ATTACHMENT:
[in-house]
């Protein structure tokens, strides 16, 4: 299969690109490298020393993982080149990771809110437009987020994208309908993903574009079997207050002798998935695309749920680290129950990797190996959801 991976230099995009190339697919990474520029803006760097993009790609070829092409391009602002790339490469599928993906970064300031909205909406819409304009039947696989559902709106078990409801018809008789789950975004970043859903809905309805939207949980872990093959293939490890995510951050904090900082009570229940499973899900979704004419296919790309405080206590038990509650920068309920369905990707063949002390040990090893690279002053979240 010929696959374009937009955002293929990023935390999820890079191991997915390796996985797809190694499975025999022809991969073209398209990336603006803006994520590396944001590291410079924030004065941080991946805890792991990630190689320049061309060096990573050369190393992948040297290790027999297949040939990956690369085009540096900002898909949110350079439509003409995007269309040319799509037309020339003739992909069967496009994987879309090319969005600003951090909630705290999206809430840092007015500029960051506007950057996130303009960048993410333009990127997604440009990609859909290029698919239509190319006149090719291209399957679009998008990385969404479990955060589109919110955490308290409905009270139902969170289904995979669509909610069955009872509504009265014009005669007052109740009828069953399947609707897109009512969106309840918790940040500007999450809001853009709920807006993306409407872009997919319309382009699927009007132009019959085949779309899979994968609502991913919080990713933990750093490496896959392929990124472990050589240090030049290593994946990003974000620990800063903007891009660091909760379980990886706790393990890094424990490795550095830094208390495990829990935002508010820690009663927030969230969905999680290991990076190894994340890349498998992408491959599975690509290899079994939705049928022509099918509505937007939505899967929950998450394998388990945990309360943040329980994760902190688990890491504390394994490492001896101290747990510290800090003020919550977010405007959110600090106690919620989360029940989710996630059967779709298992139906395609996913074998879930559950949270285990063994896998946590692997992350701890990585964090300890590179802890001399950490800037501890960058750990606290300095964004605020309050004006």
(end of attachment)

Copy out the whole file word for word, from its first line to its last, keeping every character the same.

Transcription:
[in-house]
């Protein structure tokens, strides 16, 4: 299969690109490298020393993982080149990771809110437009987020994208309908993903574009079997207050002798998935695309749920680290129950990797190996959801 991976230099995009190339697919990474520029803006760097993009790609070829092409391009602002790339490469599928993906970064300031909205909406819409304009039947696989559902709106078990409801018809008789789950975004970043859903809905309805939207949980872990093959293939490890995510951050904090900082009570229940499973899900979704004419296919790309405080206590038990509650920068309920369905990707063949002390040990090893690279002053979240 010929696959374009937009955002293929990023935390999820890079191991997915390796996985797809190694499975025999022809991969073209398209990336603006803006994520590396944001590291410079924030004065941080991946805890792991990630190689320049061309060096990573050369190393992948040297290790027999297949040939990956690369085009540096900002898909949110350079439509003409995007269309040319799509037309020339003739992909069967496009994987879309090319969005600003951090909630705290999206809430840092007015500029960051506007950057996130303009960048993410333009990127997604440009990609859909290029698919239509190319006149090719291209399957679009998008990385969404479990955060589109919110955490308290409905009270139902969170289904995979669509909610069955009872509504009265014009005669007052109740009828069953399947609707897109009512969106309840918790940040500007999450809001853009709920807006993306409407872009997919319309382009699927009007132009019959085949779309899979994968609502991913919080990713933990750093490496896959392929990124472990050589240090030049290593994946990003974000620990800063903007891009660091909760379980990886706790393990890094424990490795550095830094208390495990829990935002508010820690009663927030969230969905999680290991990076190894994340890349498998992408491959599975690509290899079994939705049928022509099918509505937007939505899967929950998450394998388990945990309360943040329980994760902190688990890491504390394994490492001896101290747990510290800090003020919550977010405007959110600090106690919620989360029940989710996630059967779709298992139906395609996913074998879930559950949270285990063994896998946590692997992350701890990585964090300890590179802890001399950490800037501890960058750990606290300095964004605020309050004006």